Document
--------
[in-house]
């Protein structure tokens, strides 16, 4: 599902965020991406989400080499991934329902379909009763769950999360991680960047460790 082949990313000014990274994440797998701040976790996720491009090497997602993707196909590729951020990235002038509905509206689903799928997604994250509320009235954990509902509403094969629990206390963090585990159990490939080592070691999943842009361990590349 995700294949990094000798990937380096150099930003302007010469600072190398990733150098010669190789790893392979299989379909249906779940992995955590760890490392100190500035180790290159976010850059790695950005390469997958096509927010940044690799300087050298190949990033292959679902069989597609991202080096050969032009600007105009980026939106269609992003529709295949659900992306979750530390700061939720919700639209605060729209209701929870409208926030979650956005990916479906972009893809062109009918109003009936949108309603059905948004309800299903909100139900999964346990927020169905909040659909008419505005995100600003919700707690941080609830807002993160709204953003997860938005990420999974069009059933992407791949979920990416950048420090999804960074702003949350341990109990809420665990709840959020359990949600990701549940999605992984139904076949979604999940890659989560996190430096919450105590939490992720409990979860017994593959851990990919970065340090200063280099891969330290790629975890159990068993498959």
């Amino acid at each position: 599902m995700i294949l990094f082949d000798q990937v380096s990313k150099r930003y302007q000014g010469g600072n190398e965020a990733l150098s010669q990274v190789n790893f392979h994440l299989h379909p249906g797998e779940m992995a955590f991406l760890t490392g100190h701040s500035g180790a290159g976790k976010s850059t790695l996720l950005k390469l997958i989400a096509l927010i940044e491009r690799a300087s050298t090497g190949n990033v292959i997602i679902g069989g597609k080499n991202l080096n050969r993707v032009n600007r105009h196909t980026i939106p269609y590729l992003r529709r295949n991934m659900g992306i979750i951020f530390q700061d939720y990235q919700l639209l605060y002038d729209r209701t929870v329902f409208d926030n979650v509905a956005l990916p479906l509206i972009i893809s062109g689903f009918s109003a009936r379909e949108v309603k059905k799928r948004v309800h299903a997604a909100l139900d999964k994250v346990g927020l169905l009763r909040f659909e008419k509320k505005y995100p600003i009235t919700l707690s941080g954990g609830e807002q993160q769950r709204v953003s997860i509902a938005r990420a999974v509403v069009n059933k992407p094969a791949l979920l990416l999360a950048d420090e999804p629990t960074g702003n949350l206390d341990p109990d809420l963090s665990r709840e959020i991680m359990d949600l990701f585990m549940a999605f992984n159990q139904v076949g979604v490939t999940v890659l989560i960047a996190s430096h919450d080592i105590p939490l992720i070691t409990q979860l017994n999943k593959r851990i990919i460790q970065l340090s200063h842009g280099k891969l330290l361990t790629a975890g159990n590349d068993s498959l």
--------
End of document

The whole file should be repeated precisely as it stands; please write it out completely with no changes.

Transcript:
[in-house]
């Protein structure tokens, strides 16, 4: 599902965020991406989400080499991934329902379909009763769950999360991680960047460790 082949990313000014990274994440797998701040976790996720491009090497997602993707196909590729951020990235002038509905509206689903799928997604994250509320009235954990509902509403094969629990206390963090585990159990490939080592070691999943842009361990590349 995700294949990094000798990937380096150099930003302007010469600072190398990733150098010669190789790893392979299989379909249906779940992995955590760890490392100190500035180790290159976010850059790695950005390469997958096509927010940044690799300087050298190949990033292959679902069989597609991202080096050969032009600007105009980026939106269609992003529709295949659900992306979750530390700061939720919700639209605060729209209701929870409208926030979650956005990916479906972009893809062109009918109003009936949108309603059905948004309800299903909100139900999964346990927020169905909040659909008419505005995100600003919700707690941080609830807002993160709204953003997860938005990420999974069009059933992407791949979920990416950048420090999804960074702003949350341990109990809420665990709840959020359990949600990701549940999605992984139904076949979604999940890659989560996190430096919450105590939490992720409990979860017994593959851990990919970065340090200063280099891969330290790629975890159990068993498959």
């Amino acid at each position: 599902m995700i294949l990094f082949d000798q990937v380096s990313k150099r930003y302007q000014g010469g600072n190398e965020a990733l150098s010669q990274v190789n790893f392979h994440l299989h379909p249906g797998e779940m992995a955590f991406l760890t490392g100190h701040s500035g180790a290159g976790k976010s850059t790695l996720l950005k390469l997958i989400a096509l927010i940044e491009r690799a300087s050298t090497g190949n990033v292959i997602i679902g069989g597609k080499n991202l080096n050969r993707v032009n600007r105009h196909t980026i939106p269609y590729l992003r529709r295949n991934m659900g992306i979750i951020f530390q700061d939720y990235q919700l639209l605060y002038d729209r209701t929870v329902f409208d926030n979650v509905a956005l990916p479906l509206i972009i893809s062109g689903f009918s109003a009936r379909e949108v309603k059905k799928r948004v309800h299903a997604a909100l139900d999964k994250v346990g927020l169905l009763r909040f659909e008419k509320k505005y995100p600003i009235t919700l707690s941080g954990g609830e807002q993160q769950r709204v953003s997860i509902a938005r990420a999974v509403v069009n059933k992407p094969a791949l979920l990416l999360a950048d420090e999804p629990t960074g702003n949350l206390d341990p109990d809420l963090s665990r709840e959020i991680m359990d949600l990701f585990m549940a999605f992984n159990q139904v076949g979604v490939t999940v890659l989560i960047a996190s430096h919450d080592i105590p939490l992720i070691t409990q979860l017994n999943k593959r851990i990919i460790q970065l340090s200063h842009g280099k891969l330290l361990t790629a975890g159990n590349d068993s498959l």